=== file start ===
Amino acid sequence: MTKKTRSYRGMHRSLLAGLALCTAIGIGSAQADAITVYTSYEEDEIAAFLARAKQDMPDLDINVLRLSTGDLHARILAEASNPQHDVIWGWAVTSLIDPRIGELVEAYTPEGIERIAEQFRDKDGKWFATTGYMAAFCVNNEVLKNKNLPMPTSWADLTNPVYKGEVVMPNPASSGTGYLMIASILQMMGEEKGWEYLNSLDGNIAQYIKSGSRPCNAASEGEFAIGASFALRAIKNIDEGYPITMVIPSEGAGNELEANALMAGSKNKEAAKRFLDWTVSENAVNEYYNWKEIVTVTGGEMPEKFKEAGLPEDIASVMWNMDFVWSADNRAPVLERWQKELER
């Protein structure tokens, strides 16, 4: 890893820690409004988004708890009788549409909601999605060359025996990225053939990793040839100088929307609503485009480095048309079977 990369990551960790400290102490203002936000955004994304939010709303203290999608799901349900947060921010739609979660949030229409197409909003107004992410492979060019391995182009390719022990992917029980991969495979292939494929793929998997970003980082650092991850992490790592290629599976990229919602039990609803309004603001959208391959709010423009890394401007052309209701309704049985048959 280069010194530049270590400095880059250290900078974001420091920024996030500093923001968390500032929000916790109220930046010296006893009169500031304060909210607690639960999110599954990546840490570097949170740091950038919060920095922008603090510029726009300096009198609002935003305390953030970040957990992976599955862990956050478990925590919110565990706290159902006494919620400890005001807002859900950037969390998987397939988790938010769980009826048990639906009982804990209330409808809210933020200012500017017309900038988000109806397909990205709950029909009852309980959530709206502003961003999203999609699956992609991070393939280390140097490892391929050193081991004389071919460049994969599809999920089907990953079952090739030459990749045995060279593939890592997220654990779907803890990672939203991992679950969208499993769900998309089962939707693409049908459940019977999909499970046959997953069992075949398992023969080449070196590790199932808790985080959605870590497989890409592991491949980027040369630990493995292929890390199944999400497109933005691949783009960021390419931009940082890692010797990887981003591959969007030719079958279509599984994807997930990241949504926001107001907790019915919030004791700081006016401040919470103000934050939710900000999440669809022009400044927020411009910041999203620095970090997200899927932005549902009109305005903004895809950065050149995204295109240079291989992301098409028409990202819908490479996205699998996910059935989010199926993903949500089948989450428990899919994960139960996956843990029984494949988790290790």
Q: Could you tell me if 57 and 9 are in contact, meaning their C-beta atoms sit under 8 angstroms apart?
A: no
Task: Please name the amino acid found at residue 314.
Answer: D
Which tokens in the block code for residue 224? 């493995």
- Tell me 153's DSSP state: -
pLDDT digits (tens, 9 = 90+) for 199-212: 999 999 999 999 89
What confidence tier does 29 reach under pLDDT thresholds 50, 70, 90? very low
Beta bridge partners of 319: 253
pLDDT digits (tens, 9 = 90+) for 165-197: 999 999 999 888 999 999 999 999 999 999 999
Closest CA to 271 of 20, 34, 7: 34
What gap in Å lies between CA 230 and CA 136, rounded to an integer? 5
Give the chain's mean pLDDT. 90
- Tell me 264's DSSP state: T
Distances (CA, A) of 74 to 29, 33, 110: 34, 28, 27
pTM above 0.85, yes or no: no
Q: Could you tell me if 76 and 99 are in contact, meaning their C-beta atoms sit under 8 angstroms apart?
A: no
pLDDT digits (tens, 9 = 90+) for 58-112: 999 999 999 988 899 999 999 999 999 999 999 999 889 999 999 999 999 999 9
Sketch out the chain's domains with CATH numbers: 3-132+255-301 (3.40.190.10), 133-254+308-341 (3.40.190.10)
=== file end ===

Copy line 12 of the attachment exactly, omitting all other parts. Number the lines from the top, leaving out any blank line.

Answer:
pLDDT digits (tens, 9 = 90+) for 165-197: 999 999 999 888 999 999 999 999 999 999 999